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2017 Conference


Ecumenical Perspectives

How a better understanding of what took place 500 years ago in Wittenberg, can draw people and churches closer together. This conference looks from a range of denominational perspectives at key issues of Reformation in order to engage from a different angle in a fruitful area of ecumenical discussion. This conference is organised in association with Council of Lutheran Churches, UK.

To be held at

St Edmund Hall

Queen’s Lane




    Key Speakers:


  prof. andrew louth

  prof. john milbank


    17 June 2017, Saturday




·      Arrival and registration from 10 am

·      Welcome and Introduction

·        Prof. Dr. Henrike Lähnemann  ‘Singing the Reformation. A Historical and Practical Introduction

·      Q&A session

·      Lunch break 12:15 - 13:00

·      Prof. John Milbank 'Was the Reformation the cause or a symptom of Christian decline in the West?'

·      Q&A session

·      Prof. Andrew Louth – Does the Orthodox Church need a reformation?

·      Plenary discussion  

·      Conclusion

·      Closing prayer in the college chapel at 16:30


 John Milbank is Emeritus Reserach Professor of Religion, Politics and Ethics of the University of Nottingham. He previously taught at the universities of  Lancaster, Cambridge and Virginia. His most well-known book is Theology and Social Theory and most recent (with Adrian Pabst) The Politics of Virtue.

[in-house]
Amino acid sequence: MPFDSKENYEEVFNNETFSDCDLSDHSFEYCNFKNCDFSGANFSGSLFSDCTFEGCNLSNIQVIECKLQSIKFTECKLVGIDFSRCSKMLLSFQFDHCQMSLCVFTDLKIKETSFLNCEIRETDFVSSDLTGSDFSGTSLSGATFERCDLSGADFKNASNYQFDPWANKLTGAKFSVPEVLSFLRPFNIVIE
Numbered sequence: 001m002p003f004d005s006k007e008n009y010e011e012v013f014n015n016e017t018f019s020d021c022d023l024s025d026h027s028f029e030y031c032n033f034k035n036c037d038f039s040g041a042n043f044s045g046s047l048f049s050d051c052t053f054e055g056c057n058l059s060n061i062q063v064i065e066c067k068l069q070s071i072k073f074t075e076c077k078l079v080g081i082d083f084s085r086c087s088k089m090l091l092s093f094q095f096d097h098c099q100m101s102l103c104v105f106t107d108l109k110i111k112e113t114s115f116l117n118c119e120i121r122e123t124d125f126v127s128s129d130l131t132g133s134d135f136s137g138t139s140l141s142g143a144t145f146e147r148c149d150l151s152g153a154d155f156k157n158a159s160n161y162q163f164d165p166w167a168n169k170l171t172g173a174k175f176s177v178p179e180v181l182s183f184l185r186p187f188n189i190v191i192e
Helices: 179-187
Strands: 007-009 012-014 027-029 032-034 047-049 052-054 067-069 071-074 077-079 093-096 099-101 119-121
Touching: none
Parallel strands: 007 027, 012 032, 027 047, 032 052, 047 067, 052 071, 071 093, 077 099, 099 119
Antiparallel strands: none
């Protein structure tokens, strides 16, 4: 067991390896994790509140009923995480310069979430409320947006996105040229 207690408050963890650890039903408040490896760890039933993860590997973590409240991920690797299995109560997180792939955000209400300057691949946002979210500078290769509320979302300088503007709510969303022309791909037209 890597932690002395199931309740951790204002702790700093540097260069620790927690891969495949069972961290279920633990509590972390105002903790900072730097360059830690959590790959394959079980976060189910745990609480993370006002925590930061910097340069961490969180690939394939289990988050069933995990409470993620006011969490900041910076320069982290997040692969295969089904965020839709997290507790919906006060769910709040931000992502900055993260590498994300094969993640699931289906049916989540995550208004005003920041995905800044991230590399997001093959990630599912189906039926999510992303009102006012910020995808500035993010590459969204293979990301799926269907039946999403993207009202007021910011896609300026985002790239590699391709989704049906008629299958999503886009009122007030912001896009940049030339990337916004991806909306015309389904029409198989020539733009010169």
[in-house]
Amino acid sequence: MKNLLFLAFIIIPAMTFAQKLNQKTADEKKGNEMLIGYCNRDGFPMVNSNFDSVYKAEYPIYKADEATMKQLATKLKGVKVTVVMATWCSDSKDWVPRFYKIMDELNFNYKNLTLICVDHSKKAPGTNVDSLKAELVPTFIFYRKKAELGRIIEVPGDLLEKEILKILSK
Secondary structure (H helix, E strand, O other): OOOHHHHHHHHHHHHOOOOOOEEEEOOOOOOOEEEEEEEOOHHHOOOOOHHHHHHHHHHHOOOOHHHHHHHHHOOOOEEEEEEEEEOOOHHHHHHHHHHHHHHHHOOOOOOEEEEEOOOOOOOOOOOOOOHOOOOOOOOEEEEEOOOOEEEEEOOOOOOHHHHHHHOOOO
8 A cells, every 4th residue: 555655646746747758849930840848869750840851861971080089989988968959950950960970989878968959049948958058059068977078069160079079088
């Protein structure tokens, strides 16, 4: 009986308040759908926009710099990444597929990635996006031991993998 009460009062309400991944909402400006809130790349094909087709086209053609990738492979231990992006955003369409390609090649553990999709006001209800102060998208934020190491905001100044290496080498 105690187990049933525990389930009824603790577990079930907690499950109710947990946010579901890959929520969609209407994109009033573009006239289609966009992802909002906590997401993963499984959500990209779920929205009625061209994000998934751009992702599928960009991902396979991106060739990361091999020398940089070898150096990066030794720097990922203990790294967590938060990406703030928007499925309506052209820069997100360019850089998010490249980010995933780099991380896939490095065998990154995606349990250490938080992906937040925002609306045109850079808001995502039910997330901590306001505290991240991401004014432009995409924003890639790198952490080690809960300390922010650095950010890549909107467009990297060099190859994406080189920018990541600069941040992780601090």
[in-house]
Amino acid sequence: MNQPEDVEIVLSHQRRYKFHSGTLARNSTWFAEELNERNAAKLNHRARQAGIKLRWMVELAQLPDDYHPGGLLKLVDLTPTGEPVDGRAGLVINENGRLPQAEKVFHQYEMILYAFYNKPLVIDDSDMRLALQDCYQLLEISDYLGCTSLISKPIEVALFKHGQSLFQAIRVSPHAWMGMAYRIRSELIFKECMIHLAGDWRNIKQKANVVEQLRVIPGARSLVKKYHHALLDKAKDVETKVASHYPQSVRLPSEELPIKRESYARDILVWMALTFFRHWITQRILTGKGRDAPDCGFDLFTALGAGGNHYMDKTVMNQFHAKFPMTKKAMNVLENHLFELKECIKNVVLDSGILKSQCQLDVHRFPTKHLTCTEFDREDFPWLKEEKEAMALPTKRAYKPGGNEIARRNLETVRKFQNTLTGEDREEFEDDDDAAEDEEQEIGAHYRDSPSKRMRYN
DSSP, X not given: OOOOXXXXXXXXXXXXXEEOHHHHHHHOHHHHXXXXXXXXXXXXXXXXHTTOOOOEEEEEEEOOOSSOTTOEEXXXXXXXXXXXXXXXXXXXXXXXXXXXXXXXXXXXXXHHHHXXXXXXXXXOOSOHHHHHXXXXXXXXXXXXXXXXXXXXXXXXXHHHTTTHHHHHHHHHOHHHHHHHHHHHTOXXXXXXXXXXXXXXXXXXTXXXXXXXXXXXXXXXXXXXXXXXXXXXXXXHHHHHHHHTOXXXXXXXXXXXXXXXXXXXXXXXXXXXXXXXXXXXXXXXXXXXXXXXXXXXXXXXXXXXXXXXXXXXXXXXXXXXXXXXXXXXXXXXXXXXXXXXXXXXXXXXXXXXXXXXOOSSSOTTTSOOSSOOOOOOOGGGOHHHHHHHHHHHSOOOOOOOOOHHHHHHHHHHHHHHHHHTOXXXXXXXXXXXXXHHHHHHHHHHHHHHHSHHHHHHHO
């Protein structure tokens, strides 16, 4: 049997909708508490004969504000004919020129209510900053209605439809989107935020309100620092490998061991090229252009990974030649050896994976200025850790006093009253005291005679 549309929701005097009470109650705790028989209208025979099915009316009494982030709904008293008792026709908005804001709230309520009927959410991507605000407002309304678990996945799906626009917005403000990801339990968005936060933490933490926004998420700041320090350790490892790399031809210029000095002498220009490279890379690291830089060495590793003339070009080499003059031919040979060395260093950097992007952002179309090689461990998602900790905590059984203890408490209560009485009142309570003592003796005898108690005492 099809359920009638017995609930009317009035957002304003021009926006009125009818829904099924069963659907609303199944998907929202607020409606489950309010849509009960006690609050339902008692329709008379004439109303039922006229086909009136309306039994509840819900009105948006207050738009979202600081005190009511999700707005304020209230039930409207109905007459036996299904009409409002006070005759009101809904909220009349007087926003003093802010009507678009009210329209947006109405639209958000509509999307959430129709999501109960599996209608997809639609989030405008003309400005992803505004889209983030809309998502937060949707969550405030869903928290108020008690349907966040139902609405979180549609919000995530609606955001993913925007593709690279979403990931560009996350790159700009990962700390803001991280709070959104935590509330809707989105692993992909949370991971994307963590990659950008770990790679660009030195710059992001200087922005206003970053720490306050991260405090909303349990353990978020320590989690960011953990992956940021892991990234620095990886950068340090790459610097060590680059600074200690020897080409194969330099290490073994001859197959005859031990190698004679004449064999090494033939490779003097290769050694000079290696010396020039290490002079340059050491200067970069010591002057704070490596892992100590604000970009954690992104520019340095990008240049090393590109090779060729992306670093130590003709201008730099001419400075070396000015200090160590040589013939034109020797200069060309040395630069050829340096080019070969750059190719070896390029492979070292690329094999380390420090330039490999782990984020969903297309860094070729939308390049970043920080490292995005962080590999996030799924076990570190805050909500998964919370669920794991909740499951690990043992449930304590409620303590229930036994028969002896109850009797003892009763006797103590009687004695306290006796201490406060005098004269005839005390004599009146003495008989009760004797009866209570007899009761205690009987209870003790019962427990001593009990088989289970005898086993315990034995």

Henrike Lähnemann holds the Chair in Medieval German Literature and Linguistics at the University of Oxford and is a Fellow of St Edmund Hall. She  coordinates several Reformation related projects in Oxford, concentrating on the impact the Reformation had through singing and printing.

 Andrew Louth, Professor Emeritus of Durham University, UK, and Honorary Fellow, Faculty of Theology, Vrije Universiteit, Amsterdam; archpriest of the  Russian Orthodox Church, belonging to the Diocese of Sourozh (Moscow Patriarchate), serving the parish in Durham.  Patristics scholar, with interests in  philosophy, history, and Orthodox theology.  Some recent books: Origins of the Christian Mystical Tradition (ed. 2, 2006), Greek East and Latin West: the  Church ad 681–1071 (2007), Modern Orthodox Thinkers: from the Philokalia to the present (2015).